Roselle may be used raw, dried or juiced. The fruit's tart flavor requires a sweetener of some kind, and it is successfully used like a cranberry in recipes for jam, jelly, chutney and even wine.
Barrel Cactus Fruit
The fruit of the Barrel cactus is best prepared in sweet applications, since its natural tartness lends itself well to a hint of sugar. Cook the fruit down with agave syrup to make a jam, jelly or a sweet and sour chutney.
Cherry Punch Cherry Tomatoes
Inventory, lb : 0
|Loo Loo Farms|
Cherry Punch tomatoes are small and round, about one inch in size, and they ripen to a beautiful red color. As their name implies, they pack a big punch of classic, sweet-tart tomato flavor. Cherry Punch tomato plants reach an average of two feet high with a three foot sprawl, making them a great size for patio containers, hanging baskets, or window boxes, as well as gardens. The indeterminate vines will produce tons of the tiny fruit all season long up until frost, with earlier yields than other small varieties. Cherry Punch can be harvested at the first sign of color, though you’ll get the best flavor if you wait until they ripen fully on the vine.
Cherry Punch tomatoes are available in the early summer through early fall.
Cherry Punch, like all tomatoes, is a member of the Solanacae or nightshade family, alongside the potato and eggplant. Tomatoes, originally termed Solanum lycopersicum, are scientifically named Lycopersicon esculentum, although modern studies are encouraging a return to the original classification. Tomatoes are categorized in subgroups that represent variations observed within the tomato species, referred to as their cultivar - a botanical term that is a contraction of the two-word term cultivated variety, and is equivalent to what growers simply call a “variety.” Therefore cherry tomato varieties like Cherry Punch are more specifically called Lycopersicon esculentum var. cerasiforme.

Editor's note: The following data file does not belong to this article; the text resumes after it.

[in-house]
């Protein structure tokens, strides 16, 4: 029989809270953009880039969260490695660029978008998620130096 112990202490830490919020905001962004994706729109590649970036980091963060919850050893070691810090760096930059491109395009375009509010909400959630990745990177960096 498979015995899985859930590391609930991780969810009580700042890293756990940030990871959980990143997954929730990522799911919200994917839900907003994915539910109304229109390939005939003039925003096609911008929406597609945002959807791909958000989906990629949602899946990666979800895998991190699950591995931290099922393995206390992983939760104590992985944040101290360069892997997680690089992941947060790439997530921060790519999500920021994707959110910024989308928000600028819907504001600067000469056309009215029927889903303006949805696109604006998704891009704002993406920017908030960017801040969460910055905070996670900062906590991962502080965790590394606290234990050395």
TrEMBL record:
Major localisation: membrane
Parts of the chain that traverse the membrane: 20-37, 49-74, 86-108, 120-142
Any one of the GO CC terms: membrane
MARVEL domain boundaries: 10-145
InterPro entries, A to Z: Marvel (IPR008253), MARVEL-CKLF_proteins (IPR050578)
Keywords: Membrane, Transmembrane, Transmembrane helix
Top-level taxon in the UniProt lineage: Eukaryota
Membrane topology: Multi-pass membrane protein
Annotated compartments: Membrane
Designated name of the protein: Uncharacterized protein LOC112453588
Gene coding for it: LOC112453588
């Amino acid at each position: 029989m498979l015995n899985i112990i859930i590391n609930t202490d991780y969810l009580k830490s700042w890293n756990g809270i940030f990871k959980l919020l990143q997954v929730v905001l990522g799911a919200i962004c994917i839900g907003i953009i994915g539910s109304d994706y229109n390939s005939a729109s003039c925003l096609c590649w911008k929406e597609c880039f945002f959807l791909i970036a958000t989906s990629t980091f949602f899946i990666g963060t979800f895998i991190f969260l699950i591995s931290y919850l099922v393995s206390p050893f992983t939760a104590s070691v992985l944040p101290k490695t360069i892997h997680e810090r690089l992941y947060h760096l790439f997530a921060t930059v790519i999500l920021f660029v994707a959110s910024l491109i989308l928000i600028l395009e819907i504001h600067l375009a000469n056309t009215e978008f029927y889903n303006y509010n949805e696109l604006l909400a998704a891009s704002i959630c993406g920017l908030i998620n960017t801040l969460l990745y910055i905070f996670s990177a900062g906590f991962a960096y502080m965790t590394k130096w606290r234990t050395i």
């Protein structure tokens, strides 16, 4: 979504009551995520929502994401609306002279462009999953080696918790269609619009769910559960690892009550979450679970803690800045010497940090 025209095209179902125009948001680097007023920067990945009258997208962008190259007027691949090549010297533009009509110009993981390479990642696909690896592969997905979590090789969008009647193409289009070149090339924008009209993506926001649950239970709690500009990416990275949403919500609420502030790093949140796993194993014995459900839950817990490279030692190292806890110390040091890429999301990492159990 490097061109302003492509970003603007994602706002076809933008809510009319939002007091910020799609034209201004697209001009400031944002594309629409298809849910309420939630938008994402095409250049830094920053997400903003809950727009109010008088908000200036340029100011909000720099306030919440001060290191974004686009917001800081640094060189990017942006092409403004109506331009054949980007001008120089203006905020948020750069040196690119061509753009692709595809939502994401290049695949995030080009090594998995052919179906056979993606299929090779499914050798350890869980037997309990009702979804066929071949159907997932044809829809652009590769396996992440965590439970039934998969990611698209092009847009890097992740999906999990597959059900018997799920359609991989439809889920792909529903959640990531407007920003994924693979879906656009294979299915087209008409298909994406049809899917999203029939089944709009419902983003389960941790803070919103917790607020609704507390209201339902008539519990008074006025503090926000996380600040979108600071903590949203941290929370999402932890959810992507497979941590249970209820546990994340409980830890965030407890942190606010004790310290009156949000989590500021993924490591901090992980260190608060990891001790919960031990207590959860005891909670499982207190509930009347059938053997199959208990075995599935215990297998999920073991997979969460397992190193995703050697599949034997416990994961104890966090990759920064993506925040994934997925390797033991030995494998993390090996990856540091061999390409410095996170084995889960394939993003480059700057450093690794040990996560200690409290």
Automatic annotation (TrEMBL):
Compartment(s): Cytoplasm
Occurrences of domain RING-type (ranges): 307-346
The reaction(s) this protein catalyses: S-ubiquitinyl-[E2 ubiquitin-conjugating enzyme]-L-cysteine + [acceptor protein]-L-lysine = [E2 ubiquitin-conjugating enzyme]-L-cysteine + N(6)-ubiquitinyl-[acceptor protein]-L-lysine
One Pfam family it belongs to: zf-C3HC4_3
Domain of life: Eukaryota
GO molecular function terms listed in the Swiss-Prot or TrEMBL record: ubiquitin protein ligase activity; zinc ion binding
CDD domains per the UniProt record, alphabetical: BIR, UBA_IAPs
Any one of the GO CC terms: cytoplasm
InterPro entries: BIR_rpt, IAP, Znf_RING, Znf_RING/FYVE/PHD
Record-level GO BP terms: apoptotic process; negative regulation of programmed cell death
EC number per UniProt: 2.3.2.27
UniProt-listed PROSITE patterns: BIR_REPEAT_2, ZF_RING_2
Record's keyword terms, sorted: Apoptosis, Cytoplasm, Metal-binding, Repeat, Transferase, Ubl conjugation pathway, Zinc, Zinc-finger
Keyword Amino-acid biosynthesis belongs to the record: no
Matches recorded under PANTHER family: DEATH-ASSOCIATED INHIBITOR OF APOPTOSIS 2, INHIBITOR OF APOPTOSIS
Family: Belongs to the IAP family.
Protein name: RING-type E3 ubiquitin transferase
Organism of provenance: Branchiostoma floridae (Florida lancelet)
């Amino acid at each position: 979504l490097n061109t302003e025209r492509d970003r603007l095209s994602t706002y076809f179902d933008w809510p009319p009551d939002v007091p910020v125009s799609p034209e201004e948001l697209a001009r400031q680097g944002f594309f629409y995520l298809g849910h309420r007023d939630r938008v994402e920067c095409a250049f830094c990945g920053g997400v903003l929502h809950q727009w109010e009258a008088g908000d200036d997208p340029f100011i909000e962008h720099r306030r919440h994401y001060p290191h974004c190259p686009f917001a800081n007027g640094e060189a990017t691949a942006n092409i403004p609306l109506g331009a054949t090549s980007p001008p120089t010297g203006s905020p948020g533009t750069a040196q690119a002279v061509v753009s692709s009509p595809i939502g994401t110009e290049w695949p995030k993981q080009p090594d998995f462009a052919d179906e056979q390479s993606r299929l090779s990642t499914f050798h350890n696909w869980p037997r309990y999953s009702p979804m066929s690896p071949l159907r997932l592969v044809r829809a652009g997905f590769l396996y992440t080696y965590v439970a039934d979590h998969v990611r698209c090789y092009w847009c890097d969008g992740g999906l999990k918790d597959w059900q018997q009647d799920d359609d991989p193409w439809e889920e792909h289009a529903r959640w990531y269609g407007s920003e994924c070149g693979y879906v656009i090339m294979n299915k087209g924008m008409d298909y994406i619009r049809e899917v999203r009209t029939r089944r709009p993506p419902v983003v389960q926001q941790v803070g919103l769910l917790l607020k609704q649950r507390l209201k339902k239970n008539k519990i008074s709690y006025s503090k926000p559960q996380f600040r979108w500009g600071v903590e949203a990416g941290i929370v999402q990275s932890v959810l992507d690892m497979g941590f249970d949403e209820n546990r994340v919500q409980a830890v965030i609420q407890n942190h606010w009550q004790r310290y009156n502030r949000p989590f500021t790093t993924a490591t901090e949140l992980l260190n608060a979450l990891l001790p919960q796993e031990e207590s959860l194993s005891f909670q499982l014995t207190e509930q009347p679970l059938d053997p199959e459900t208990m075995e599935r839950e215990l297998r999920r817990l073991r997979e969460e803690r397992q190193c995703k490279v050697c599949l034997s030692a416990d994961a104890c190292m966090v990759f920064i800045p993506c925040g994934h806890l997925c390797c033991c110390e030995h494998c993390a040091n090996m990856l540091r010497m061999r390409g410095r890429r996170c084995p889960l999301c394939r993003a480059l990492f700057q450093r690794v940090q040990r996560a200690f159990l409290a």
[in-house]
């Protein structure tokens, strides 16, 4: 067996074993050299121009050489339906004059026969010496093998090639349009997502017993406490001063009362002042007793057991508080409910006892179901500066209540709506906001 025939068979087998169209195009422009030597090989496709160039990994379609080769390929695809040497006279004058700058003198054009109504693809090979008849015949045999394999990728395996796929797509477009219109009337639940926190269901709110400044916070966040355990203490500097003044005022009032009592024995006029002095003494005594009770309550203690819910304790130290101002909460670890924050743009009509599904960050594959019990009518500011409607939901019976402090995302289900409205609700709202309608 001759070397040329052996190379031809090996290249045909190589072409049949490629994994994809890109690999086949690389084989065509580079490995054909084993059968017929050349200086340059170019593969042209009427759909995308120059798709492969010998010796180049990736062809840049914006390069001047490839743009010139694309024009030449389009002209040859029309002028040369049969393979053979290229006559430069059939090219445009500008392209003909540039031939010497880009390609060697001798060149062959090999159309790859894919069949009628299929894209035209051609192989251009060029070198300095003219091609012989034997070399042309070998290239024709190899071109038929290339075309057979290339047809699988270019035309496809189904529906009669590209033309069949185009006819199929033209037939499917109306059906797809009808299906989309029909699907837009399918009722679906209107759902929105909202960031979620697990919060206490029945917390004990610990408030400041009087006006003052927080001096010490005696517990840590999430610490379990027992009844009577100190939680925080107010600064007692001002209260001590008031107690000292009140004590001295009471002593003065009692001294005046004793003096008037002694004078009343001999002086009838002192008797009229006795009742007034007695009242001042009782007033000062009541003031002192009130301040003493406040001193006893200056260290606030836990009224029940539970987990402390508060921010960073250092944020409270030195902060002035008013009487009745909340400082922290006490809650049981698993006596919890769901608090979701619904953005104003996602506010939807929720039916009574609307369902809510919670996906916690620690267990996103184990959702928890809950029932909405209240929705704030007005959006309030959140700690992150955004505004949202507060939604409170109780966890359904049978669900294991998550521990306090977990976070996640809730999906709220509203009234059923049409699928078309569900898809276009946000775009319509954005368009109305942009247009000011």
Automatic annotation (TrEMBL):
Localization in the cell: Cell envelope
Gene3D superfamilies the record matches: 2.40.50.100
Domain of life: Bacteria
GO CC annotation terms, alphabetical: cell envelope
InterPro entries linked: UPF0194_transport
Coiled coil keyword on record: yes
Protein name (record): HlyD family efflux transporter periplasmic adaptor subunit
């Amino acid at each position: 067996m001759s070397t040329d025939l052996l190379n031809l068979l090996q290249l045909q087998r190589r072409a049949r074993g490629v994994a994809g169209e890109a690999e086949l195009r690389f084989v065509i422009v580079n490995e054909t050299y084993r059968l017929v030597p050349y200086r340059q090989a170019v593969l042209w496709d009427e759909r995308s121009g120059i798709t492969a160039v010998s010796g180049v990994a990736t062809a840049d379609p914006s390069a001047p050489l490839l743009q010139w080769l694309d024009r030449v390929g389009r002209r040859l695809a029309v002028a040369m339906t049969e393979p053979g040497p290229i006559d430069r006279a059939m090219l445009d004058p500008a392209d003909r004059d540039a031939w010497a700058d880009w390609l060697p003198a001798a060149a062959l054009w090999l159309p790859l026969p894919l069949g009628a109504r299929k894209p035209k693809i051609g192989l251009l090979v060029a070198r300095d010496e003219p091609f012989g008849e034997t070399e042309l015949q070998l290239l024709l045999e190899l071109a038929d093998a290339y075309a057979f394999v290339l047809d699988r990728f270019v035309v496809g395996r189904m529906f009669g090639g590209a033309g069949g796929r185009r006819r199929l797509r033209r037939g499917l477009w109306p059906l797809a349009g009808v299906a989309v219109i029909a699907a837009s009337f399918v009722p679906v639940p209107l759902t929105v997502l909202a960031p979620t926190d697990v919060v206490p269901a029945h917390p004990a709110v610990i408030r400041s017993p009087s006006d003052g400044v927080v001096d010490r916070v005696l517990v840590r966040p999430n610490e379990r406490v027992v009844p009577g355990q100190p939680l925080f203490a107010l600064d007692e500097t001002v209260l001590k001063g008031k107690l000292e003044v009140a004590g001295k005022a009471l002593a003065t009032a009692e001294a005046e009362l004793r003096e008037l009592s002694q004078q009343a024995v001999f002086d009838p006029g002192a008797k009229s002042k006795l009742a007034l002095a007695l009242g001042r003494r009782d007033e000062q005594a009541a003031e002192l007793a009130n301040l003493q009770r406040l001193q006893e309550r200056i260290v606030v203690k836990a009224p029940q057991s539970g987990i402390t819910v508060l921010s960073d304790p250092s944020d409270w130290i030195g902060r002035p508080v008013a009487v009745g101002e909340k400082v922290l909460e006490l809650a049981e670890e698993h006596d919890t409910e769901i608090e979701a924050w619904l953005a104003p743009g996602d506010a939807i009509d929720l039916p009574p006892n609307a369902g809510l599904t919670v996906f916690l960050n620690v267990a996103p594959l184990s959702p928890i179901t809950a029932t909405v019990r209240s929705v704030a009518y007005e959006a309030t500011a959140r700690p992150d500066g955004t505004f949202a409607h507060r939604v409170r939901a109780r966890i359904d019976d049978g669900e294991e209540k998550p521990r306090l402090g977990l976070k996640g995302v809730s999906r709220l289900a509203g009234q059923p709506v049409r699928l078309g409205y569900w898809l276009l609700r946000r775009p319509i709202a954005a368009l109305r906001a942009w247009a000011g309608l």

Cherry Punch tomatoes are branded by their high-nutrition properties, and are said to deliver 30% more vitamin C and 40% more lycopene than the average tomato. Lycopene is a naturally occurring antioxidant that is responsible for the red pigmentation of tomatoes. Lycopene may help protect cells in the body from damage, which is why it has been studied for its potential role in reducing your chances of developing certain types of cancer, notably prostate, colorectal and stomach cancer. There has also been scientific evidence that the lycopene content of tomatoes may be good for maintaining a healthy heart. The human body does not produce lycopene on its own, and therefore the only way to get it is through consumption. In North America, more than eight percent of dietary lycopene comes from tomatoes and tomato products.
Cherry Punch tomatoes are full of flavor, and they can be eaten fresh off the vine. They are a great addition to fresh salads or party trays, but they can also be used in cooking, as they are delicious sautéed, grilled and stewed. Preserve by canning, drying, or freezing. Store at room temperature away from direct sunlight until fully ripe, after which they can be placed in the refrigerator to slow down the ripening process.
Cherry Punch tomatoes were developed as part of Burpee’s BOOST Collection of high-nutrition vegetables, which are selected for their higher levels of antioxidants than other home garden vegetable varieties. They're marketed for health enthusiasts as “the perfect fit with your active lifestyle and quest for higher nutrition.” Other tomato varieties in this collection include mighty sweet, power pops, solar power, and tasti-lee tomatoes.
Cherry Punch is a hybrid variety developed by Burpee Seed Company in the United States. Cherry Punch can be successfully grown in most areas of the United States, and it does best with full sun and well-drained, moist soil. Like most tomatoes, Cherry Punch is tender and cannot stand any frost, so wait until the night temperature is well above freezing and the soil is warm and before planting outside.